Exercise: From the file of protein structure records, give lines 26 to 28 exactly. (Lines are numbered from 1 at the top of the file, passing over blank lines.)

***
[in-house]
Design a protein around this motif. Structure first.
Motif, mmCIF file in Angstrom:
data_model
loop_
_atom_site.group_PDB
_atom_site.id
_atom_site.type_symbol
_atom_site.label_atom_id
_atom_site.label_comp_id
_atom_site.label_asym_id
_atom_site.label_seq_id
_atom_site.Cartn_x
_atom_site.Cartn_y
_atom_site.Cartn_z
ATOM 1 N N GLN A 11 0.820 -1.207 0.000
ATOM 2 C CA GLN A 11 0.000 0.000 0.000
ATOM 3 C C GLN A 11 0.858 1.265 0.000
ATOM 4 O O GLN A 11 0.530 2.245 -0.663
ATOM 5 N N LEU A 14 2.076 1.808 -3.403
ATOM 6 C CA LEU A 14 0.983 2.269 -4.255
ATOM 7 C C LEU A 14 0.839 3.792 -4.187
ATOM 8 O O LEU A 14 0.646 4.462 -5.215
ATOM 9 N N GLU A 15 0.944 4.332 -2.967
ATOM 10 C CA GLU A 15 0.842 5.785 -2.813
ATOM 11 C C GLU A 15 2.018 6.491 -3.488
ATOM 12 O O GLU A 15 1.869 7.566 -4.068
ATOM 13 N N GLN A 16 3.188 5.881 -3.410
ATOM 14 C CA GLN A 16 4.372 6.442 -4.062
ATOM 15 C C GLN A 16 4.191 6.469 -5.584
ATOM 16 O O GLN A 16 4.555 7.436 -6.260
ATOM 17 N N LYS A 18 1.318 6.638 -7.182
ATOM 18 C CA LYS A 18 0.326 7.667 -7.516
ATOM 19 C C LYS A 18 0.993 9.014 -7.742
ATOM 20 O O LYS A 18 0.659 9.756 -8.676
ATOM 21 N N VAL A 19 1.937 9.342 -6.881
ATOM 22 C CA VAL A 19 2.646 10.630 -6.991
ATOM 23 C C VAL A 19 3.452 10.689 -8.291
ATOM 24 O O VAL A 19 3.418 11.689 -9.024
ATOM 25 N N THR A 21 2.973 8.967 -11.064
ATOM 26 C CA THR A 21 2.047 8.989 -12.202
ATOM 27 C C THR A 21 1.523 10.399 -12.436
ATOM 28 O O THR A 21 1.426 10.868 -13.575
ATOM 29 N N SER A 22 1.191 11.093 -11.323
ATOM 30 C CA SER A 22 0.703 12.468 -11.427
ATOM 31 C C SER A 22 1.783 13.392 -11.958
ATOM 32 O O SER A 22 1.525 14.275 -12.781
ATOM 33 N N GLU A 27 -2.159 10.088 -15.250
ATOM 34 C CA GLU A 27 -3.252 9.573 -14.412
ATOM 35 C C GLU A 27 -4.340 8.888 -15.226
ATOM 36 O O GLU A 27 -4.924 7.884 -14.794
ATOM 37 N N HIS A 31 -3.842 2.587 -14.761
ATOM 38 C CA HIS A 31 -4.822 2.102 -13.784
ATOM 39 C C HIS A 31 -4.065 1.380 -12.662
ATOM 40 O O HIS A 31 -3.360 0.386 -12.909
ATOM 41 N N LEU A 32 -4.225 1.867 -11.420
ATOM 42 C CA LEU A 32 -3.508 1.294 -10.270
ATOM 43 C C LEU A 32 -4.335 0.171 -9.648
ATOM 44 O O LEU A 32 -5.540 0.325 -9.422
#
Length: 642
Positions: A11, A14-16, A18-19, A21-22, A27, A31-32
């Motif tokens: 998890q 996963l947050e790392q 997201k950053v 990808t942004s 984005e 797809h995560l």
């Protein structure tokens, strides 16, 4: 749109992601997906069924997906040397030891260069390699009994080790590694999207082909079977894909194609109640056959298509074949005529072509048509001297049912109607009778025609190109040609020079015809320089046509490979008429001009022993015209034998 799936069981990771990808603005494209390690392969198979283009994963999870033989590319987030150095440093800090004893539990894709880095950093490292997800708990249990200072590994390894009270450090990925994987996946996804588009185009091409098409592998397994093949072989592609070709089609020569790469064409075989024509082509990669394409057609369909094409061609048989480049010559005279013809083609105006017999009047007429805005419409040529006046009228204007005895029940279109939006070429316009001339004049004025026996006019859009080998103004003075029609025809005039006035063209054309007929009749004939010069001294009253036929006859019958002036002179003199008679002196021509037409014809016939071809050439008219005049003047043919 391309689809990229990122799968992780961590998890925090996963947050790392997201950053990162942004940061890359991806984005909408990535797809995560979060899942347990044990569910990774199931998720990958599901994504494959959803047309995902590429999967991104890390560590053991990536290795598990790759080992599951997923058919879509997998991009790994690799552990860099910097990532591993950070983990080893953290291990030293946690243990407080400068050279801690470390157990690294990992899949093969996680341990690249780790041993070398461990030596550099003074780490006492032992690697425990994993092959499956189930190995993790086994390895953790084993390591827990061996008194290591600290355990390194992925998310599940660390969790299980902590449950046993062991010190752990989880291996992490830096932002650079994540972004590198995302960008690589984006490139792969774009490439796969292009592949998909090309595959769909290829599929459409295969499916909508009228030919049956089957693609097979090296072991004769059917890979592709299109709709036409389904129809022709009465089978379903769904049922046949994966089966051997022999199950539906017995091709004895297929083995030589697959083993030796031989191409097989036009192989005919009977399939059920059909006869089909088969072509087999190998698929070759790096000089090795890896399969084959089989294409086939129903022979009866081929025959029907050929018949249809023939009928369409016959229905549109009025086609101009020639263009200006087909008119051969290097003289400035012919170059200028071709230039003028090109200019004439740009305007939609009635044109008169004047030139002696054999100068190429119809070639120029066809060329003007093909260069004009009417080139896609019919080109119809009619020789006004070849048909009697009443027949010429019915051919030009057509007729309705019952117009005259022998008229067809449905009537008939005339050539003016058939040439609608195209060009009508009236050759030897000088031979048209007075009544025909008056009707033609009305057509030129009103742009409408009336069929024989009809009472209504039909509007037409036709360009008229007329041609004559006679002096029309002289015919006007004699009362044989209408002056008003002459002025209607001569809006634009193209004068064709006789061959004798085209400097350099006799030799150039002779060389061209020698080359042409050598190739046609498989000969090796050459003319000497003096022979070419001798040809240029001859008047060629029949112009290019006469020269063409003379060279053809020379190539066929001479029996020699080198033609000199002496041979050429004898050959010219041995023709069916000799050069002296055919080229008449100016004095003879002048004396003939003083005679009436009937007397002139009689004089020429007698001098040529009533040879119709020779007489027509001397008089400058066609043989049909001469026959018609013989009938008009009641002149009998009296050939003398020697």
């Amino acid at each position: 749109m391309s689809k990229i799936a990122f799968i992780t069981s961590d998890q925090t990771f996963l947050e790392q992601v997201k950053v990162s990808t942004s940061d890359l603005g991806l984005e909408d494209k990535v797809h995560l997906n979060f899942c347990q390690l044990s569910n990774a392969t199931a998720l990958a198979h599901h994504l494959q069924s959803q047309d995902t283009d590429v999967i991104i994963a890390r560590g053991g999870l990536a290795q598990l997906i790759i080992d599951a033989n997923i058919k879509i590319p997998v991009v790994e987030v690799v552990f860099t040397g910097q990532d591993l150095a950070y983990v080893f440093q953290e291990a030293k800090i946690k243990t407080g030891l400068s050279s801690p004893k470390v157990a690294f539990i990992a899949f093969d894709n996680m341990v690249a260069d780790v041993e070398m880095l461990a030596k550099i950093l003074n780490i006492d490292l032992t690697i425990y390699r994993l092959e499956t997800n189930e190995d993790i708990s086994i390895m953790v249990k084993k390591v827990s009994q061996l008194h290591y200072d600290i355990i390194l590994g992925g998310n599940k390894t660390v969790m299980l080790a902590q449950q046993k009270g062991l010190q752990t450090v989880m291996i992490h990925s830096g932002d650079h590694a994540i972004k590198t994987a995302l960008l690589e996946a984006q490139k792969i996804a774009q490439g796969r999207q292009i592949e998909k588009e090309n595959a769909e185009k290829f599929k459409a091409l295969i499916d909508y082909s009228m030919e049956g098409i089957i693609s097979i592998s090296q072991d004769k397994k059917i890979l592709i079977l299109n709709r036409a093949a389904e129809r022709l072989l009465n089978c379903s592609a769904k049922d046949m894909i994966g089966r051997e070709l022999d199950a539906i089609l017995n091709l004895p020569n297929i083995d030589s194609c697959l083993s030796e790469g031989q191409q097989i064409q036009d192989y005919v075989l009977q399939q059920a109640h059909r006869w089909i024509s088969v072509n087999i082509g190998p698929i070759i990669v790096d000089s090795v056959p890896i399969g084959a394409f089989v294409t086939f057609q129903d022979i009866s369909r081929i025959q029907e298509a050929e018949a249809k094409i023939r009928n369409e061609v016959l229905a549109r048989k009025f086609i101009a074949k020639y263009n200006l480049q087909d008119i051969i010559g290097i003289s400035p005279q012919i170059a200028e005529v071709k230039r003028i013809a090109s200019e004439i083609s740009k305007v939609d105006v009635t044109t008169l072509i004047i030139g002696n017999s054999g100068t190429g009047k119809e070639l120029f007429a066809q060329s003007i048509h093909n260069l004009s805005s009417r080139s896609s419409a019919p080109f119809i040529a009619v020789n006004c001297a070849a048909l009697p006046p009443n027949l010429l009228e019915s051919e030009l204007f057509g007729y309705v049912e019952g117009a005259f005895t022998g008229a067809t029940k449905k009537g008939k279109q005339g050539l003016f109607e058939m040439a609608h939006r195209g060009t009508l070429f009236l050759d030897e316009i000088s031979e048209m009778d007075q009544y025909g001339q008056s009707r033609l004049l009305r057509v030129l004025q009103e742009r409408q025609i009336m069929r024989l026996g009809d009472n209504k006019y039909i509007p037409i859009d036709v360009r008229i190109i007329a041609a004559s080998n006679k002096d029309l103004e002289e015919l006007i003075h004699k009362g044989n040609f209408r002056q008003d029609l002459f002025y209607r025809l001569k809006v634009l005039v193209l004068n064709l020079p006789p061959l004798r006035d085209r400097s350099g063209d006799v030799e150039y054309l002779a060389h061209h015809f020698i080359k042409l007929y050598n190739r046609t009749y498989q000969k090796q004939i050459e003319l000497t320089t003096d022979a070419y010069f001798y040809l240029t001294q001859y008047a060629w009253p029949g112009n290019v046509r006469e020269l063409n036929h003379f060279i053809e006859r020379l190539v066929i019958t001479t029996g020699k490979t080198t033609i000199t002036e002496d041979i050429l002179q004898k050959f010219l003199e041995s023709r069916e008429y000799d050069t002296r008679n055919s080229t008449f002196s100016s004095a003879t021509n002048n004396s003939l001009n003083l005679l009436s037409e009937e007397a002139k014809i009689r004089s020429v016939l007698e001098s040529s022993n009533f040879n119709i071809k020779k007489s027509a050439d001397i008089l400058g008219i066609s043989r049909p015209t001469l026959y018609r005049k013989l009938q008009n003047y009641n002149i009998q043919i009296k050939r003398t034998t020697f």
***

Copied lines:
ATOM 11 C C GLU A 15 2.018 6.491 -3.488
ATOM 12 O O GLU A 15 1.869 7.566 -4.068
ATOM 13 N N GLN A 16 3.188 5.881 -3.410